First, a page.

So mostly it has just been really really hot lately. Going into town during the day is especially hellish, between the cramped bus rides and then even though it's right next to the sea you don't feel much of a breeze, and there aren't many trees for shade. Campus is on a big old hill so as long as the wind is blowing from the ocean in the east, you can stand and catch a lick of coolness. From other directions the breeze is mostly a hot breath that may or may not be more unpleasant than the movements when the air is just hot and unmoved. Of course my fan picked right when summer was really kicking in as when it felt like crapping the bed, so the main solution as been siesta in the afternoon and sleeping with the balcony door open at night, which as worked pretty well. I'm getting to the point where when I walk outside I can recognize that it's 900 degrees but it doesn't really feel like it to me anymore, so I don't get that miserable, and the other international students don't mention it nearly as much as they did a couple weeks ago. Although I've noticed that we definitely move a lot more slowly when we're walking around and like to shower multiple times a day if we have water. The Tanzanians think it's hilarious how uncomfortable we are. I mean, they're hot too, but it's just not an issue. I'd like to point out that my roommate Diana still uses a comforter at night. I prefer to sweat myself to sleep, because it doesn't really cool down until 3 or 4 am, when I might pull a sheet up to my waist. Winter, even Florida-style, is going to be a strange thing to come home too.That's another thing I've been thinking about a lot lately--what it's going to be like to come home. 5 weeks from today I'll be on a plane! This sounds like wonderful news on some days, when school is hectic or I'm sitting on a bus being sweated on by 3 different strangers or I'm just plain old homesick. Other days, think about it gives me a profoundly disapointed feeling. Mostly I just think it's going to be weird. Not like Tanzania is my newfound home or anything--I feel like I've been hyperaware of the fact that it's not, just because I've known from the start exactly when I would leave--but because it's been such a vacation from all the entanglements of life at home. I do a lot of work for school, but I know it doesn't really matter how I do because it doesn't affect my GPA and the things I learn ouside of class seem more important anyway. I don't have a job, which hasn't been the case since my senior year of high school. I enjoy the friendships I have here but oldest one is what, 3 months? And David and I have done a mostly great job of staying in touch and keeping up with each other's lives but we're still going to have to get to know each other all over again when I get back. And who knows what that will lead to, although I have a good feeling that we will make it work. Ah, consequences! Although one thing I've gotten more conscientious about is not wasting water and electricity. I have many weird squirrelly habits to show for it, namely that everything that would go down the drain goes into the toilet flush tank (which is pretty much always empty), some of which I want to keep up at home. Especially once it warms up a little, which won't take long in Florida, I want to start line-drying my clothes (the washing machine will be a welcome change) and setting aside time each day that I am awake but not using electricity. Other than that, everything's been pretty much mellow. The regular part of the semester is over in a couple of weeks, so it's just going to be a lot of seminar presentations, projects, papers. I did my first seminar presentation this past Monday--on living in a multi-racial society for Race, Class and Ethnicity. This class has pretty much just been a disaster, especially because the professor is not a fan of Westerners, especially white ones. Ah I wish he would quit being crazy and do his job! Because the 6 or so lectures that we've had (he cancelled the rest of the semester's lectures a couple weeks ago) were really interesting, if a little weird sometimes (he claimed that Vasco de Gama circumnavigated Africa purely out of his sense of adventure...it is especially weird that he's cutting de Gama a break considering how much he used to enjoy standing in front international students and asking questions like, "So, what do you think about your people's role in the underdevelopment of Africa?") but whatever. In any case, I did my part on white privilege, which was simultaneously impossible to fully explain in 4 minutes of simple English and a nerve-wracking topic to address as a white person speaking in front of 30 black people, but I guess those two elements kind of cancelled each other out, because no one brought it up during discussion. In fact most of the Tanzanian students acted bored while we were speaking and then 4 people in a row asked us during the discussion time what the main point of our project was, but Nikki looked interested and the professor was actually nodding along with us through most of it, so we'll see. One thing that will be nice to go home to is anonymity. Although there's definitely an mzungu cycle in which there are peaks and valleys of how much people seem to notice that I'm white, because I can go days without it being an issue, it's still weird to be sitting on a packed Greyhound-sized bus and realize that people are staring at you because every white person there is either you or one of your friends. I've gone shopping at the arts market in Mwenge a couple times in the past few weeks, which is pretty much THE place to go if you want to be referred to as mzungu and feeling noticed for a couple hours just makes me tired. (Then too you get get ripped off like one, which is also exhausting). And I think that because I'm aware that I've been here for a while and feel pretty comfortable with being here, it's all the more surprising when other people point it out that I don't belong. But really the only time it bothers me is when I can tell people are using it to be mean, or when they're talking about me and laughing when I'm standing right there because they think I don't understand. Man that does piss me off--as if "mzungu" wasn't one of the first 5 words that I learned.It's weird how often stuff like that happens on campus, where the Tanzanian students have been seeing us around and in class for a few months now. I get put on the spot during seminars a lot. My Rural Development seminar leader loves to force me into the discussion by saying, "Our sister from the North, what do you think about neo-colonial trade structures" or "Our fair American friend, please explain to us why the agricultural sector in your homeland was able to consolidate and incorporate." These are exact quotes. It's pretty much horrifying. And there's no backing down. Although at least it's only in front of 20 or 30 people. In one of Rob's big lecture classes, the professor used to spend at least a couple minutes each class quizzing "Mr. Florida" on global politics and geography and whatever else. Only once have I been called out during lecture. The professor had just used the phrase "lip service" and this murmur of confusion went through the students so the professor asked me to explain (I'm the only mzungu in the class). So I tried, and then everyone said "No" when the professor asked if they had understood, and then he professor laughed, the students laughed, the lecture when on and the guy sitting next to me said "Nipe tano, mzungu" (Give me five). Not so bad at all. And I feel like I understand a little better how annoyed non-white people at home get when everyone at a meeting or in a classroom looks to them as the representative of their race or ethnicity or whatever. And at least people here are upfront about it.Which reminds me--so yesterday Kevin was feeling achy, which is how he felt last week when he was told he had malaria at a local clinic and then only given 2 pills to take, so I went with him to the nicer hospital downtown to get it checked out. (Partly because he promised me a delicious feast of palak paneer and butter naan and raita afterwards, but also because I am a high-quality friend.) As he's filling out the basic form and under the religion part he puts "Christian" even though that's not true because if you don't put something then you've bought your way into a ridiculously unnecessary conversation with a stranger about why you are neither Christian, Muslim nor heathen, and then he gets to the race question and the options are European, African and Asian, and no "Other ________" option. He is none of those, but he checked off European, again to avoid absurd debate. But what would Tanisha, who is Jamaican-American supposed to check off? Because she's obviously not European or Asian but if she checks off African people here will treat her like she was actually born and raised in Africa, which may or may not work to her advantage but will be at least slightly bewildering either way. On the plus side, the waiting area offered excellent people watching. About half the patients were upper-class black Africans, who generally tend to dress more Western, although it was interesting to see how class and culture intersect--more than one very nicely-dressed African woman who probably could have afforded a baby stroller or whatever (I think a lot of wealthier women go there to have their babies) just had their baby strapped to their back with a khanga like poorer women do. The other half were Indian or Middle Eastern--men dressed mostly in slacks and button-down shirts, but some of the women had beautiful henna all over their arms and ankles and a lot of the babies and toddlers had serious jewelry happening. I played with one little girl, maybe 2 years old, who had silver hoops in her ears, two silver chains around her neck, a silver bracelet on each wrist, and a silver anklet with bells on each ankle. BELLS ON A TODDLER, and she was the busy kind. Her mom was totally hyper too and kept getting her daughter all wound up until the grandma, who was feeding the baby, would shush both of them in this very sweet, funny way. The little girl even had a pink flower scribbled on her hand in immitation of the henna flowers on her mom and grandma's arms.Looking back over what I've just written, I feel kind of weird about it because it's all about race. I guess doing that project put it on my brain, and it'd just be weird if I never thought about it while I was here. But also I need to just get over that. Although not thinking about race is one of the options open to me as a white citizen of a white-dominated country, and not thinking would also let me ignore all the racist bullshit I've got happening in my head, that'd be pretty much just lame. Part of it is feeling like I poke at it too much some ugly shit is going to come out and I'm going to make a fool of myself, especially because I don't feel particularly well-qualified to talk about race, especially with other people who are not white, but oh well. Time to get over that.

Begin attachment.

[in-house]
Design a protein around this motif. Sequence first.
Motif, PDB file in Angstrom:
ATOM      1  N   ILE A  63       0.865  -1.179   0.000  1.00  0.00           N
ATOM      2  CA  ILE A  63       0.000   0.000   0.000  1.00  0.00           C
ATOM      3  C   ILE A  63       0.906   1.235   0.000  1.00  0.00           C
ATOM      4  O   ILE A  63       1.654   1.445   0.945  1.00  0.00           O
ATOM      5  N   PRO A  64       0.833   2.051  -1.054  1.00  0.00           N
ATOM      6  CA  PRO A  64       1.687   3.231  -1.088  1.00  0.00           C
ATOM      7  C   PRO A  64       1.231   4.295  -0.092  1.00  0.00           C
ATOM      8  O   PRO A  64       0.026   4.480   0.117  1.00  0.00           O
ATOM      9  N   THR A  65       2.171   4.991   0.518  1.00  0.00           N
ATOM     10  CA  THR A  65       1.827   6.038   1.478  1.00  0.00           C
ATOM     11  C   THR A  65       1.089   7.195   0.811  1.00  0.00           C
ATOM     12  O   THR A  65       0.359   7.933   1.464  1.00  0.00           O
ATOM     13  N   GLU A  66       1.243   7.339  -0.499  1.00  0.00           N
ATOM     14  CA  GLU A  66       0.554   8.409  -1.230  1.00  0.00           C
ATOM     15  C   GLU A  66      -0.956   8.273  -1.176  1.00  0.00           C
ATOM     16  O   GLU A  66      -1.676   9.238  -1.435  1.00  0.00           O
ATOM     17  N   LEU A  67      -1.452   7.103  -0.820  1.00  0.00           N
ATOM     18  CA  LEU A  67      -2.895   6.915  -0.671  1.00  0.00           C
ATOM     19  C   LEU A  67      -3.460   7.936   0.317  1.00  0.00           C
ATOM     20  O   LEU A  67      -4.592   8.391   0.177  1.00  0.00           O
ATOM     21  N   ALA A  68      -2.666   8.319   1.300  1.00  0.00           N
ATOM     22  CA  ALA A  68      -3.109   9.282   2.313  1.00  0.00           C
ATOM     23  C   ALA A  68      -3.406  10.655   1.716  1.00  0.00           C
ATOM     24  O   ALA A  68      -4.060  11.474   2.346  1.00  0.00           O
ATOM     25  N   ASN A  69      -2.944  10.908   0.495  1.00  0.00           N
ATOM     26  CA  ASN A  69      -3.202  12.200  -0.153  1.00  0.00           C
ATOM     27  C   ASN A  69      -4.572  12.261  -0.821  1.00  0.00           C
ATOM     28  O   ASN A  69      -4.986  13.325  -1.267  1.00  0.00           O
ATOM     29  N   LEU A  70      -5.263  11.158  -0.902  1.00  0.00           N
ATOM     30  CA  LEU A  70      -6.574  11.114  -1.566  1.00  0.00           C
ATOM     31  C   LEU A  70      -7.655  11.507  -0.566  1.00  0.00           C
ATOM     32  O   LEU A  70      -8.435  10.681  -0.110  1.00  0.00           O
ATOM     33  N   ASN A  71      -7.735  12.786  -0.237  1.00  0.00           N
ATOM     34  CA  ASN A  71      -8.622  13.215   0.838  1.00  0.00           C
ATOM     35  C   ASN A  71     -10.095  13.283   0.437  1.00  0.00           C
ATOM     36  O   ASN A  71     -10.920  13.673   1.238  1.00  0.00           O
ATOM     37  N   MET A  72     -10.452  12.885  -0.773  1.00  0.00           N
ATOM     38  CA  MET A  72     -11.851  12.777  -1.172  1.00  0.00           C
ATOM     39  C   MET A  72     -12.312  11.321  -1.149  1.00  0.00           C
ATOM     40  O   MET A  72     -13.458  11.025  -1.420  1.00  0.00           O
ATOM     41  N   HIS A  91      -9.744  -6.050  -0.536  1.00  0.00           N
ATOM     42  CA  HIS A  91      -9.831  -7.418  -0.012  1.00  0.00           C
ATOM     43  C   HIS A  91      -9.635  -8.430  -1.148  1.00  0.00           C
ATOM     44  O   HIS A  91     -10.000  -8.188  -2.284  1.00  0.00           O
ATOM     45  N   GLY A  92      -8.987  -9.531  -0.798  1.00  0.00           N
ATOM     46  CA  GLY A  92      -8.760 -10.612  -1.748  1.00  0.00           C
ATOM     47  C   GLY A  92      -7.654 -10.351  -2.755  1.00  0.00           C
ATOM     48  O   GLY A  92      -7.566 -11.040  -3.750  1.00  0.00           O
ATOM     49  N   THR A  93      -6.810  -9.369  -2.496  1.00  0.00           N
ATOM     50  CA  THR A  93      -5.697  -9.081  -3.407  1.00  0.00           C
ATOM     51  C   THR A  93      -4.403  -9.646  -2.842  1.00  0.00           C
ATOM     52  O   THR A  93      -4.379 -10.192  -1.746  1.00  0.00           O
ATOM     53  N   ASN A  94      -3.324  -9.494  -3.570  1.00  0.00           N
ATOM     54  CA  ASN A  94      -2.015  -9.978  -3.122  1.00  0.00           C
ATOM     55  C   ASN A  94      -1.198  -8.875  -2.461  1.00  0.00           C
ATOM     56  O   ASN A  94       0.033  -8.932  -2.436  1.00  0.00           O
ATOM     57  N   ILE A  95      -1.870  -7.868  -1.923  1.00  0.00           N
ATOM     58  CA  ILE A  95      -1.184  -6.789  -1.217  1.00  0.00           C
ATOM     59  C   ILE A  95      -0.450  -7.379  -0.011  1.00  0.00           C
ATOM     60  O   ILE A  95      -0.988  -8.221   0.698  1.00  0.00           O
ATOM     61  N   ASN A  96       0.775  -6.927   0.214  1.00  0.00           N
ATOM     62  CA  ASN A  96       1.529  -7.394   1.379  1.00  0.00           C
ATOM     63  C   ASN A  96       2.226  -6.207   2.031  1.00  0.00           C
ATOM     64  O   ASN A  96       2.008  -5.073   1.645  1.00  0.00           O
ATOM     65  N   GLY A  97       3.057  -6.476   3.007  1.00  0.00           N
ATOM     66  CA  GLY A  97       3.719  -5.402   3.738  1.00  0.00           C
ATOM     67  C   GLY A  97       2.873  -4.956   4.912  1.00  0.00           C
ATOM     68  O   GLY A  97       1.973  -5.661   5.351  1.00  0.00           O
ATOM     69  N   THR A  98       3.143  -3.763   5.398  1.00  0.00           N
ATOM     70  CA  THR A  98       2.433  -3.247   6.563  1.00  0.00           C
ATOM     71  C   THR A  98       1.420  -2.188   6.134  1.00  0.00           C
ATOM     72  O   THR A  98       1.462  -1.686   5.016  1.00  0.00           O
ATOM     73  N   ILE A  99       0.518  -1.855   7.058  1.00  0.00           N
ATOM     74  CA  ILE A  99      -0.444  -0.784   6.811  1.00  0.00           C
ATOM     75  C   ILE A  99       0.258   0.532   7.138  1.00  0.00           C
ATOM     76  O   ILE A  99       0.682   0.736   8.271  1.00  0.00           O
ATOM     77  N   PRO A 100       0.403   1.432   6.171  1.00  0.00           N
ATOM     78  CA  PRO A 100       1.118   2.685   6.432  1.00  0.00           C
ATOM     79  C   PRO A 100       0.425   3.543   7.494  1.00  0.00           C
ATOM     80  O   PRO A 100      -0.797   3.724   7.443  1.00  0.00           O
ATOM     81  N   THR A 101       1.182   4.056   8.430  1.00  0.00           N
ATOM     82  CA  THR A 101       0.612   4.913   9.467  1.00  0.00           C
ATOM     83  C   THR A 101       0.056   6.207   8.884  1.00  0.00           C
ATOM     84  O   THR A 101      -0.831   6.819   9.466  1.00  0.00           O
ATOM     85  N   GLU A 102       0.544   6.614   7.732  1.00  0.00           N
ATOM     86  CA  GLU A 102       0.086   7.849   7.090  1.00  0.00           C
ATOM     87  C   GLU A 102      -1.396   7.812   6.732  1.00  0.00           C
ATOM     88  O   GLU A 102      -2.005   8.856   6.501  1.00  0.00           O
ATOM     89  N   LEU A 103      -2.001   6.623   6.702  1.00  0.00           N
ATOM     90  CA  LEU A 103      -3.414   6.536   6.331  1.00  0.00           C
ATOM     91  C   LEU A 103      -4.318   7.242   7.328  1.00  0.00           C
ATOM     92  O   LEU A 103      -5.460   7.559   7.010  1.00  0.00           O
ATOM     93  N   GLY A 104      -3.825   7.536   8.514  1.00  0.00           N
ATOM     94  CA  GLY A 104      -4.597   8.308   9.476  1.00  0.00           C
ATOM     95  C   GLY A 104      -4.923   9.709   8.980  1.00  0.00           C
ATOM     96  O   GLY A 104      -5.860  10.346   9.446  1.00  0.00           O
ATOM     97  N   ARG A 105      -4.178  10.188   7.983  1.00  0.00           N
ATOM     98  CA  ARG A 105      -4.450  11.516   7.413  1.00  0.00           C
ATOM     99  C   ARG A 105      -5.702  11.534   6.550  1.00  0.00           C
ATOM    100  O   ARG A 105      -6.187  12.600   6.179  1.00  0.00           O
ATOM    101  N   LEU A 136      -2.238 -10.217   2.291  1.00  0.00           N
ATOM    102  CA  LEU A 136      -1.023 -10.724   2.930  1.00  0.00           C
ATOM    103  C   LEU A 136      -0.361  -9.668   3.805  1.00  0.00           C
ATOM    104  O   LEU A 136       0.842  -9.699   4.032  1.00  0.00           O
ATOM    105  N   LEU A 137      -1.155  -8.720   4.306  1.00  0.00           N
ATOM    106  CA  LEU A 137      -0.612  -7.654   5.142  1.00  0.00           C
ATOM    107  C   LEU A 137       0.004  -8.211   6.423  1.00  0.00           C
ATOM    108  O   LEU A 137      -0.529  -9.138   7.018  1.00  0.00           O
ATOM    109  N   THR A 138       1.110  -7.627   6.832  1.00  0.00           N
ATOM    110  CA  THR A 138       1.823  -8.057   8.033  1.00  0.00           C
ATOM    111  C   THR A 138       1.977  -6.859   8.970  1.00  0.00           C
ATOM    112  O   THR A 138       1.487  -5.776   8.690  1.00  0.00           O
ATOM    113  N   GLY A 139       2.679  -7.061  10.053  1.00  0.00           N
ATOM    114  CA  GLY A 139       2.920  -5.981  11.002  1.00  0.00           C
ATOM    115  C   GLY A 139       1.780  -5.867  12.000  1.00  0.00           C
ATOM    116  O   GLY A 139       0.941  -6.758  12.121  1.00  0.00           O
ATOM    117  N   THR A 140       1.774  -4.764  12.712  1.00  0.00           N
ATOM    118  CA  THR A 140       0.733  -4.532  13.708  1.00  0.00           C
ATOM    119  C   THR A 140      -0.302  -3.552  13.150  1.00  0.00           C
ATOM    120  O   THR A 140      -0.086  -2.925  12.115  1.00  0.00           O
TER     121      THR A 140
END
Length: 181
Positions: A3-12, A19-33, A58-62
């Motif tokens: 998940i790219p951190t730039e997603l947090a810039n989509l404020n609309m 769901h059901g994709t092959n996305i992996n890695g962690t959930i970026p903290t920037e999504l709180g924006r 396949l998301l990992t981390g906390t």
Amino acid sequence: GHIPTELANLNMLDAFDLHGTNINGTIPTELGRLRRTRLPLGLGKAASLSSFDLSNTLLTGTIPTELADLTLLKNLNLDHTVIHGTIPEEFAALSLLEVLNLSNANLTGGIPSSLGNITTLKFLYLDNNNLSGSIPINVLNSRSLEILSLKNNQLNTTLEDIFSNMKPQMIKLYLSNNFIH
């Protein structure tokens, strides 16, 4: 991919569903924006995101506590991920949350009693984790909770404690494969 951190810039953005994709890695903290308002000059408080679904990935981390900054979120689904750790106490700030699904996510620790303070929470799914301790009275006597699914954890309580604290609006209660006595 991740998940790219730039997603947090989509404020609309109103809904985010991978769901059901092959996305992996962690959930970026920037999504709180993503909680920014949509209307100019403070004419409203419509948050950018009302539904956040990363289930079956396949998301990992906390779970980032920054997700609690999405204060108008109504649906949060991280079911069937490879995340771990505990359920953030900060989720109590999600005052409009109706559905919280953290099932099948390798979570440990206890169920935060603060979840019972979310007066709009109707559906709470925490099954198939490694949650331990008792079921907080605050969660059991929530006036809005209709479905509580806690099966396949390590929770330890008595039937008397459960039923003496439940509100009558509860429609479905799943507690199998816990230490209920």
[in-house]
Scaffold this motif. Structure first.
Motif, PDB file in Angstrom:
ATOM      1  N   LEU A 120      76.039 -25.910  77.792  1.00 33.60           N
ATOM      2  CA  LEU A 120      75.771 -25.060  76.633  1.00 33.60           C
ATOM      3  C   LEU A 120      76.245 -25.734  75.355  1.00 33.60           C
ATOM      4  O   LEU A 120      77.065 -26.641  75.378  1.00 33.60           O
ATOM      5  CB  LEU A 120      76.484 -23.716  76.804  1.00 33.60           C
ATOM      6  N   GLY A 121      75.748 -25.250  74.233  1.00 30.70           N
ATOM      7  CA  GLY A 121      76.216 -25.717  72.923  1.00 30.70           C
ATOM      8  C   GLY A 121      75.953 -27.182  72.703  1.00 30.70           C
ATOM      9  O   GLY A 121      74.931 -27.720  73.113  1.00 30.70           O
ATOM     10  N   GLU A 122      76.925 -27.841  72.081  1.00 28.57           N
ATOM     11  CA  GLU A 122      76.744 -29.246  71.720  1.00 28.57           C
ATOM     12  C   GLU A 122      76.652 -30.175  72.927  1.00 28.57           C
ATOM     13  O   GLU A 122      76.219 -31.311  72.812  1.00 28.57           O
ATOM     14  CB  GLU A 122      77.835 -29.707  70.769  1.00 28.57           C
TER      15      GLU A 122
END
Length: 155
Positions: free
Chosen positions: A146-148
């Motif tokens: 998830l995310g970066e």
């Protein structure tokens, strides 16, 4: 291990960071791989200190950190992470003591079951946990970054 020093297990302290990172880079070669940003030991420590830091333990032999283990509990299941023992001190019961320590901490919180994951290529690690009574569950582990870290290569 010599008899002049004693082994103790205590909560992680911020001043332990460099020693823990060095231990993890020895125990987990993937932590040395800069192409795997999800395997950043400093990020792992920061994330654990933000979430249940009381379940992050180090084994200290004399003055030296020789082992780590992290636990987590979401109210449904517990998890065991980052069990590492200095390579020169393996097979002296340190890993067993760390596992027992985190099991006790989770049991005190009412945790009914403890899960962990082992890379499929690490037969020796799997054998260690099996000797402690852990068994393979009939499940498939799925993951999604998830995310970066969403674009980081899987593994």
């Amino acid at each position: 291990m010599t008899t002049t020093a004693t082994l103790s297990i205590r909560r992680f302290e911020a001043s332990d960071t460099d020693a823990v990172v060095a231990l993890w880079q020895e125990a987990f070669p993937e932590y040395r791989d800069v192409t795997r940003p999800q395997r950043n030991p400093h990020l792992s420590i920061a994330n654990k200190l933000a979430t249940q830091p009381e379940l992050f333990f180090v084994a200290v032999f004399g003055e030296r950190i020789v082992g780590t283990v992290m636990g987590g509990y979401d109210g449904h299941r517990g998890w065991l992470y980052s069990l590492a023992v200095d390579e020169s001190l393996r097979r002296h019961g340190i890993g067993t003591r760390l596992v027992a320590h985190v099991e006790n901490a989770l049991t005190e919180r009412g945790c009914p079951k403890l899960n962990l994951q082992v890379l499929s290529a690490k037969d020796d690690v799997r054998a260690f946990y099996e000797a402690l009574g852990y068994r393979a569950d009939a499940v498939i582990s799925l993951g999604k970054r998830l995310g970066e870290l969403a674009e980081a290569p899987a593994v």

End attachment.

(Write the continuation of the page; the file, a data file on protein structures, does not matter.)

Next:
Tuesday, November 29, 2005

Cole Edwards!

Thanks for writing, it's so good to hear how everything is going. My email is kmullan@ufl.edu. Write me and then I can take this down!